Building a successful business is hard. I should know. I started my career as an investor, backing privately-held companies on behalf of Goldman Sachs. I worked closely with the executives and entrepreneurs behind these businesses to support their key initiatives and I did so for long enough to realize that despite their own trials and tribulations, I wanted to be in their shoes.

I left Goldman Sachs, enrolling in Wharton’s MBA program and began a near decade-long career in the entrepreneur’s saddle. My first business was by all accounts a success – we built a great product that benefitted our customers, aligned ourselves with phenomenal investors, hired amazing employees and ultimately we were acquired several years later.

The outcome for my next business, a tele-health platform, was not so glamorous and I wound down that company in order to focus my energies on This App Saves Lives, a new endeavor with an important social-mission near and dear to my heart.

The operative words here are “social-mission” because having one can help businesses and the entrepreneurs behind them remain focused and thriving, even in the midst of seemingly insurmountable hurdles. To paraphrase a great quote by Guy Raz in How I Built This:

A company that is successful and resilient and that acts as a force for good in the world long after you’re going has a larger purpose – a mission – at its center. Founders guard this mission during times of plenty and lean on it during times of difficulty. Having a defined mission or being a mission-driven business is especially valuable when money is scarce, growth is anemic or when any other myriad of problems arise.


Because it gives us the added reason and motivation to keep on fighting.

Contrast this with money-focused founders. Sure, growing a profitable business is a requisite for building a sustainable company and for those that raise capital, we have an obligation to be good stewards of our investors’ hard-earned money. But absence of money makes it so much easier for “money-first” founders to abandon ship, give up on their original idea or just plain quit altogether when times are tough.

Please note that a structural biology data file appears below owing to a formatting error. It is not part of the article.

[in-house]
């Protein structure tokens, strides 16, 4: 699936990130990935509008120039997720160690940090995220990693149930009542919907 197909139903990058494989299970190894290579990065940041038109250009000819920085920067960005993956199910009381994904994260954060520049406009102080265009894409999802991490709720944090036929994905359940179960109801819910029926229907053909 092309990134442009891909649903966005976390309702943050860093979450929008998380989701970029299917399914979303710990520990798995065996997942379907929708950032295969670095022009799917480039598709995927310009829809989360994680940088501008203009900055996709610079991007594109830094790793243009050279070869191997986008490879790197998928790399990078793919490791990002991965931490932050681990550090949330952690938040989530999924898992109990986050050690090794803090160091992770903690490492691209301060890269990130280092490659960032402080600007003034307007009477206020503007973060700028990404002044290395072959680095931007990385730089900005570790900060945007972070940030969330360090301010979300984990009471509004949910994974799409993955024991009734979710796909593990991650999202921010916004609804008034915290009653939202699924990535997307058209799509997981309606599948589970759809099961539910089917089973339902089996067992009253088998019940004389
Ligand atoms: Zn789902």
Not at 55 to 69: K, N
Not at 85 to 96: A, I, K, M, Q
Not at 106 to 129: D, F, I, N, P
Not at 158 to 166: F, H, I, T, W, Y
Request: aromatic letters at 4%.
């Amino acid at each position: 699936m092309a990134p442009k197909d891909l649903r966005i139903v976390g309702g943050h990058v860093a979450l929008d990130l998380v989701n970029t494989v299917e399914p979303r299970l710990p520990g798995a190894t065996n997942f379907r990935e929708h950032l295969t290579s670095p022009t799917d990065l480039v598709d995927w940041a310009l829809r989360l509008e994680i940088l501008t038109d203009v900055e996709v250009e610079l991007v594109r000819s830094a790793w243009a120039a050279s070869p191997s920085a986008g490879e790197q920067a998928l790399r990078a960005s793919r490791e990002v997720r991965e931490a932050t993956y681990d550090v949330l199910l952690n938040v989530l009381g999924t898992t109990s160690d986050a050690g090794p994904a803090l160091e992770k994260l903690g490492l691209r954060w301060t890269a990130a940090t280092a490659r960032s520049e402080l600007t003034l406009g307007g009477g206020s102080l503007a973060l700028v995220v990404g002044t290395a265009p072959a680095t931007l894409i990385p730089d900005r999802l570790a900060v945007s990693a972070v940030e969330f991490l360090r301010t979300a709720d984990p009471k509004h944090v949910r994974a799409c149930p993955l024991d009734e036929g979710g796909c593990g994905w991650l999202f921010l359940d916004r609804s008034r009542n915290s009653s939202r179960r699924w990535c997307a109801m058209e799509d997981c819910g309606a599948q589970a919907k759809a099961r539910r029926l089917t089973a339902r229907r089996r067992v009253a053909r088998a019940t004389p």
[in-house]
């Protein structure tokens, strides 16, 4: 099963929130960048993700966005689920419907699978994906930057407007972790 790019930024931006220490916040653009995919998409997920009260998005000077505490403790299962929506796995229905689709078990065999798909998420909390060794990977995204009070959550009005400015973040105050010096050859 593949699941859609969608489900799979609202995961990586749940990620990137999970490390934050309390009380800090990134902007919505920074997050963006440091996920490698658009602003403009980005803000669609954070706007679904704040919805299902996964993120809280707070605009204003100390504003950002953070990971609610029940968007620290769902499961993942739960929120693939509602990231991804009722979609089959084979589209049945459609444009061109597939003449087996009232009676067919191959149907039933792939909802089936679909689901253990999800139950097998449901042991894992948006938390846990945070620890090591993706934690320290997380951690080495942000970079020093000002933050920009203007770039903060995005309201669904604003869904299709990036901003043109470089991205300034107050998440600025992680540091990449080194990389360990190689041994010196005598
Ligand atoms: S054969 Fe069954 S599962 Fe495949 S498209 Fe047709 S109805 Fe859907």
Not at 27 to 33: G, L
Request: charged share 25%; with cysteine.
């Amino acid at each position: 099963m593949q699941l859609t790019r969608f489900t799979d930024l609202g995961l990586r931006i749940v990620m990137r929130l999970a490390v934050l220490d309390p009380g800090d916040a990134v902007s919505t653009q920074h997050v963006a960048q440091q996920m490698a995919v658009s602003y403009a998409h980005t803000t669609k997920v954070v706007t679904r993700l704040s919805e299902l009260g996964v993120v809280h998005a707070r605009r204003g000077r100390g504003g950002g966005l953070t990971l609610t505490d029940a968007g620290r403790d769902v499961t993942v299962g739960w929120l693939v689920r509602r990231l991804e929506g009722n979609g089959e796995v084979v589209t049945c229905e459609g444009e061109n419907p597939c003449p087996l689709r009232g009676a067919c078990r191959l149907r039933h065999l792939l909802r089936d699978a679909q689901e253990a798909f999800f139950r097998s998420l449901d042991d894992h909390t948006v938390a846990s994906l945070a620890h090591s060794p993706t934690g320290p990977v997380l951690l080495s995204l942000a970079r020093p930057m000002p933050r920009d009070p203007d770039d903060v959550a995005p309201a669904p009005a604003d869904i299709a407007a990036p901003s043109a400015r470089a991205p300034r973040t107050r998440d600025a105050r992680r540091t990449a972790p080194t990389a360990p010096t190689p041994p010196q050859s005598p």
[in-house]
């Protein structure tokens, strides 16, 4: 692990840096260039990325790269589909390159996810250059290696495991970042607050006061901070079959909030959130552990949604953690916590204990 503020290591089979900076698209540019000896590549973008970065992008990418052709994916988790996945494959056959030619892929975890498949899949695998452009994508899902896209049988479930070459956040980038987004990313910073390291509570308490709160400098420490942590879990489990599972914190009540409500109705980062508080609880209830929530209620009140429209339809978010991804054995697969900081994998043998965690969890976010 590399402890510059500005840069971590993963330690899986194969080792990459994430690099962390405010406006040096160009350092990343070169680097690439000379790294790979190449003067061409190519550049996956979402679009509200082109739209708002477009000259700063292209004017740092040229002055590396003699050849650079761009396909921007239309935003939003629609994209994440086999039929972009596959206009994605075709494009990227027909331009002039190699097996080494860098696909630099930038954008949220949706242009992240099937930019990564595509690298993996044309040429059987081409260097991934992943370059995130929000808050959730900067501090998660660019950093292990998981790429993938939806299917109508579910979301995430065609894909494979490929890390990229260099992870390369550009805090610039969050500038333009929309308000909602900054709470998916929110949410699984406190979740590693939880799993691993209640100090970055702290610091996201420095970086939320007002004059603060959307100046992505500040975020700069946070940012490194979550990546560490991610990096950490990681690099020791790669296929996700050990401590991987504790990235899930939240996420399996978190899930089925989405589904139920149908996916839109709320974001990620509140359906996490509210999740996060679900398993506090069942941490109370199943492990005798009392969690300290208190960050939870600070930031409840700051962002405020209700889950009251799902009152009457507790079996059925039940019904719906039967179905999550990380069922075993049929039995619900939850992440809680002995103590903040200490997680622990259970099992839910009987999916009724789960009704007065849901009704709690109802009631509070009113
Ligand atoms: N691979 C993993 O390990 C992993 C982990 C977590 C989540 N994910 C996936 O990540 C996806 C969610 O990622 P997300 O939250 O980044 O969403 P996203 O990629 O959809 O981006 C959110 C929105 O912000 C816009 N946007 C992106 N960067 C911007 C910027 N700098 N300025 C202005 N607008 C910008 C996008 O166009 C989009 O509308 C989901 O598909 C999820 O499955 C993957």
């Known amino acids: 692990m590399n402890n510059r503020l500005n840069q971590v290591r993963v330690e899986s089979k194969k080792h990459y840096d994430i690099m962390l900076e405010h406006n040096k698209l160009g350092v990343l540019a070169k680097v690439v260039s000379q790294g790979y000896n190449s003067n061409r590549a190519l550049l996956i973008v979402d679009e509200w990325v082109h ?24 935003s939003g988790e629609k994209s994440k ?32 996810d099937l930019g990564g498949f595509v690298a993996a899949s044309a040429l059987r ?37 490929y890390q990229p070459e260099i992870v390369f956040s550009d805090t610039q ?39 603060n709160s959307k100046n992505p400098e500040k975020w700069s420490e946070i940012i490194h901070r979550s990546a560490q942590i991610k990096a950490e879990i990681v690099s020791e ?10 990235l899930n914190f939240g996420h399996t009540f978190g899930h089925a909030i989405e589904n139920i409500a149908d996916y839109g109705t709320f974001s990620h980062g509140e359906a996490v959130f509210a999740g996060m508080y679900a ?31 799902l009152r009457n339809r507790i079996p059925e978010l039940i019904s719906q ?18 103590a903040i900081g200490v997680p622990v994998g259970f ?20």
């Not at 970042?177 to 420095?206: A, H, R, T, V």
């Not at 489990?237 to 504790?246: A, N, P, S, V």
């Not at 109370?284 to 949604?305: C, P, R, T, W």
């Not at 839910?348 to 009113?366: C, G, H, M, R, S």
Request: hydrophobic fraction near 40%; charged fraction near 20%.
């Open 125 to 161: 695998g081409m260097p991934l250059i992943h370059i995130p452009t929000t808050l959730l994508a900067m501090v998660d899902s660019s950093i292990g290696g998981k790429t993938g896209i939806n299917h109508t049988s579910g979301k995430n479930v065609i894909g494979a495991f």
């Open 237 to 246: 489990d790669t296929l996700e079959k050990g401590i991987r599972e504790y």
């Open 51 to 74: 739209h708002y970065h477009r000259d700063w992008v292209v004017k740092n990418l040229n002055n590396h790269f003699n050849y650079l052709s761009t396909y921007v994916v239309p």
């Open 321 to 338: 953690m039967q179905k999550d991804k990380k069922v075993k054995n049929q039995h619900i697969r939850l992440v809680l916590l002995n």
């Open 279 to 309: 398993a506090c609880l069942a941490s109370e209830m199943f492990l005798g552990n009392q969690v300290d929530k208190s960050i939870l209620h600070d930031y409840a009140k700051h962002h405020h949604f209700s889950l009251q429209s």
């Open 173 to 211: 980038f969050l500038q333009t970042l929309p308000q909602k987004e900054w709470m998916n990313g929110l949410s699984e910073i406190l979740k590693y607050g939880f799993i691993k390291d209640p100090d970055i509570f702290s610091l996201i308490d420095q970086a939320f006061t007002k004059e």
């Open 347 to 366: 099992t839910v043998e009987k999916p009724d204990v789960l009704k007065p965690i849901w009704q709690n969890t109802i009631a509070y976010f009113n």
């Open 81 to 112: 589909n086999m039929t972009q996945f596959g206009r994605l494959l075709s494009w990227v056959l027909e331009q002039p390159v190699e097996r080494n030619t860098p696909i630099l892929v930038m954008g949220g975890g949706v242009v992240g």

It’s the mission that gives the entrepreneur and his or her business the lasting jolt to stand the test of time and to successfully navigate the treacherous waters that are sure to arise.

Several years ago I was injured and nearly killed when a driver ran a red light while texting. I founded This App Saves Lives to put an end to such a dangerous behavior. We’re off to the races with TASL and already we’ve made lasting and life-saving imprints on the world around us. And we’ve done so in the midst of meaningful challenges along the way. In the face of these hurdles, it’s the mission that has kept us plowing forward and while we are a for-profit company with a unique and massive business opportunity, we’ll always be powered by the social impact nature of our endeavor.

How has having a guiding mission impacted your own business or personal life?


  • Ryan Frankel

    Entrepreneur, Founder of This App Saves Lives, Mentor, Fitness Enthusiast, Proud Dad x2

    Ryan is the creator of Longevity Today (, a longevity and wellness newsletter. Ryan is a serial entrepreneur and most recently was the Founder of This App Saves Lives, ("TASL"), a mobile app-based solution that rewards undistracted driving behavior. Previously, Ryan founded the online nutrition coaching platform, EduPlated. He was the CEO and Co-Founder of VerbalizeIt, a language translation services company featured on Shark Tank and which was acquired in 2016. Ryan is an author, Wharton MBA alumnus, mentor, Inc. Magazine Top 35 Under 35 entrepreneur and an Ironman triathlete. You'll find him residing just outside of Philadelphia with his wife, two kids, Golden Retriever and pair of running shoes.